Higher order thinking in chemistry FINAL - .Higher Order Thinking in Chemistry ... Higher-order thinking

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    Higher Order Thinking in Chemistry Curriculum and its Assessment

    Peter J. Fensham & Alberto Bellocchi

    Queensland University of Technology

    Victoria Park Road, Brisbane, Queensland, Australia

    Abstract: Higher-order thinking has featured persistently in the reform agenda for science

    education. The intended curriculum in various countries sets out aspirational statements for

    the levels of higher-order thinking to be attained by students. This study reports the extent to

    which chemistry examinations from four Australian states align and facilitate the intended

    higher-order thinking skills stipulated in curriculum documents. Through content analysis, the

    curriculum goals were identified for each state and compared to the nature of question items

    in the corresponding examinations. Categories of higher-order thinking were adapted from

    the OECDs PISA Science test to analyze question items. There was considerable variation in

    the extent to which the examinations from the states supported the curriculum intent of

    developing and assessing higher-order thinking. Generally, examinations that used a marks-

    based system tended to emphasize lower-order thinking, with a greater distribution of marks

    allocated for lower-order thinking questions. Examinations associated with a criterion-

    referenced examination tended to award greater credit for higher-order thinking questions.

    The level of complexity of chemistry was another factor that limited the extent to which

    examination questions supported higher-order thinking. Implications from these findings are

    drawn for the authorities responsible for designing curriculum and assessment procedures and

    for teachers.

    Keywords: chemistry assessment, higher-order thinking in chemistry, chemistry curriculum,

    PISA questions, assessing higher-order thinking


    1. Introduction

    The development of thinking skills, or more specifically higher order thinking (HOT) skills,

    in school science is a desirable educational goal that features regularly in educational reform

    agendas, science curriculum documents, and the science education literature (Gallagher,

    Hipkins & Zohar, 2012). However, there are concerns internationally that dominant

    assessment practices in science focus on low order thinking skills and that this in turn

    encourages teachers to focus on pedagogies that emphasize rote-learning (e.g., Osborne &

    Dillon, 2008). This suggests that the assessment instruments associated with chemistry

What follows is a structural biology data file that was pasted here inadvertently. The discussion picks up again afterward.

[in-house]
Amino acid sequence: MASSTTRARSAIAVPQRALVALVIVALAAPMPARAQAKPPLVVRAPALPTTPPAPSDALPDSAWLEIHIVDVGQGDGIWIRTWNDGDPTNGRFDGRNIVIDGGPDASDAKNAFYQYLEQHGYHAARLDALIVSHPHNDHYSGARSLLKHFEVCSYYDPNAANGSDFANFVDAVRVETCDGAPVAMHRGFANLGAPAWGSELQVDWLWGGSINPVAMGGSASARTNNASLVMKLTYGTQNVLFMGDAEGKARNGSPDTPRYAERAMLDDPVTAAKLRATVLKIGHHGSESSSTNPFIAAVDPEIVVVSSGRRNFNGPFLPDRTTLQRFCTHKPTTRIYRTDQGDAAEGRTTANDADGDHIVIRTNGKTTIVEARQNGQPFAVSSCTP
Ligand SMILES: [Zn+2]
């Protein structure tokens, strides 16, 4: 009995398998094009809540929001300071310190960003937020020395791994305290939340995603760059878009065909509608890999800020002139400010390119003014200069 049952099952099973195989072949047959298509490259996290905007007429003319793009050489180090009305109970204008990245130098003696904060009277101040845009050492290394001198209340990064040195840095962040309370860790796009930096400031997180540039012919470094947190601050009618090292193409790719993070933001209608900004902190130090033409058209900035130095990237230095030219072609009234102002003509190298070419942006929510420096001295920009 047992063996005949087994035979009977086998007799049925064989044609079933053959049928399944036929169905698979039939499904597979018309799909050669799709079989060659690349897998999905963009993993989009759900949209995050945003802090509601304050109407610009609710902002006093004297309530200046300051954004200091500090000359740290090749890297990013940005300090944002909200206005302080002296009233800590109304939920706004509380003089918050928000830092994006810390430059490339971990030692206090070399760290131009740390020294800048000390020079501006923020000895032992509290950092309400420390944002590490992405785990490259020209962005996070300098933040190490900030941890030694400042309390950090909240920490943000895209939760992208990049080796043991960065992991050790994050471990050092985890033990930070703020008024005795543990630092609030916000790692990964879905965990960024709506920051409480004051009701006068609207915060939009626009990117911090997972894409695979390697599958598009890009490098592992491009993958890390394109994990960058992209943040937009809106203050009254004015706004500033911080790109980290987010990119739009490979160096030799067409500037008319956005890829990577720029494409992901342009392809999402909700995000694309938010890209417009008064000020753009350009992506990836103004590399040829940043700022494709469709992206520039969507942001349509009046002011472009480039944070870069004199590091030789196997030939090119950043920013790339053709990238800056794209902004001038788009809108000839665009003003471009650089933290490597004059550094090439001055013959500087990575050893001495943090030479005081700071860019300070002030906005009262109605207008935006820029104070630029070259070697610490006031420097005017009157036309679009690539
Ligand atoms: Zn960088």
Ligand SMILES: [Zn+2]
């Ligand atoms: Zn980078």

curricula play significant roles in supporting or hindering the intent for HOT. This paper is

    concerned with the degree to which HOT is expected in high school chemistry curriculum

    documents and to what extent examinations support or discourage HOT.

    2. Approaches to Higher Order Thinking

    Systematic research interest in HOT originated in the contribution of Bloom (1956) who

    suggested a hierarchy of intellectual skills based on six verbs. The lower three were recall,

    comprehend and apply, and the upper three were analyze, synthesize, and evaluate. Blooms

    Taxonomy inspired one of us (Fensham, 1962) to begin his research in science education by

    reanalyzing the results of a set of university chemistry students he had taught. These students

    had undertaken an assessment test that required them to answer five questions (20 marks

    each) out of eight. Three of the questions were designed to require HOT based on Blooms

    Taxonomy. The students who chose to answer these HOT questions had a bipolar score

    distribution compared with the more normal distributions for the other five questions. This

    turned out to be due to the HOT questions being avoided by high achievers and being

    attempted by low achievers who failed to recognize their difficulty. In the reanalysis of the


    overall student rankings, greater weighting was given to the scores on the HOT questions and

    this led to a considerable reordering of the ranked scores across the set of students.

    Subsequent authors have developed different hierarchies from Blooms Taxonomy to

    indicate the levels of reasoning or understanding in student responses to assessment

    instruments involving open-ended questions. The Structure of Observed Learning Outcomes

    (SOLO) taxonomy of Biggs and Collis (1982) has five levels of increasing complexity from

    pre-structural to extended abstract, that depend on how the students response (for level 1)